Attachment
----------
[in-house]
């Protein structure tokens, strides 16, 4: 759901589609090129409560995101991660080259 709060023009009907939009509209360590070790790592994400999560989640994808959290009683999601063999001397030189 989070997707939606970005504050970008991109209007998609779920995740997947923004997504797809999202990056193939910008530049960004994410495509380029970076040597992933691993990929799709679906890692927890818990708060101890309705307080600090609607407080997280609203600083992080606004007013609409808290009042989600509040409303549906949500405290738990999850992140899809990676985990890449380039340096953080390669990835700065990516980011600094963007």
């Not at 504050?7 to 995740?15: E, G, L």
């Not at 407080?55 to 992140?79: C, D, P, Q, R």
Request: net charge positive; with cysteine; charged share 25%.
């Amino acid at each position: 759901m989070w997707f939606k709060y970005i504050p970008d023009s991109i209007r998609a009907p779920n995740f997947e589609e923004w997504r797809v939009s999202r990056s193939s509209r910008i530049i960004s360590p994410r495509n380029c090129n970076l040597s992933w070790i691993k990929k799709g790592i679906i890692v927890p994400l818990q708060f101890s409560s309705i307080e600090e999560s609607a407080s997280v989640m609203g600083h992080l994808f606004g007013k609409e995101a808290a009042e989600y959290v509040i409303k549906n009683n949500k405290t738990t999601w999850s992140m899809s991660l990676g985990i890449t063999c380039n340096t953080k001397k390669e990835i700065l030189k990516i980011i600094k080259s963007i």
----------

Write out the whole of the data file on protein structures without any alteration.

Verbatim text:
[in-house]
């Protein structure tokens, strides 16, 4: 759901589609090129409560995101991660080259 709060023009009907939009509209360590070790790592994400999560989640994808959290009683999601063999001397030189 989070997707939606970005504050970008991109209007998609779920995740997947923004997504797809999202990056193939910008530049960004994410495509380029970076040597992933691993990929799709679906890692927890818990708060101890309705307080600090609607407080997280609203600083992080606004007013609409808290009042989600509040409303549906949500405290738990999850992140899809990676985990890449380039340096953080390669990835700065990516980011600094963007």
């Not at 504050?7 to 995740?15: E, G, L």
């Not at 407080?55 to 992140?79: C, D, P, Q, R």
Request: net charge positive; with cysteine; charged share 25%.
């Amino acid at each position: 759901m989070w997707f939606k709060y970005i504050p970008d023009s991109i209007r998609a009907p779920n995740f997947e589609e923004w997504r797809v939009s999202r990056s193939s509209r910008i530049i960004s360590p994410r495509n380029c090129n970076l040597s992933w070790i691993k990929k799709g790592i679906i890692v927890p994400l818990q708060f101890s409560s309705i307080e600090e999560s609607a407080s997280v989640m609203g600083h992080l994808f606004g007013k609409e995101a808290a009042e989600y959290v509040i409303k549906n009683n949500k405290t738990t999601w999850s992140m899809s991660l990676g985990i890449t063999c380039n340096t953080k001397k390669e990835i700065l030189k990516i980011i600094k080259s963007i």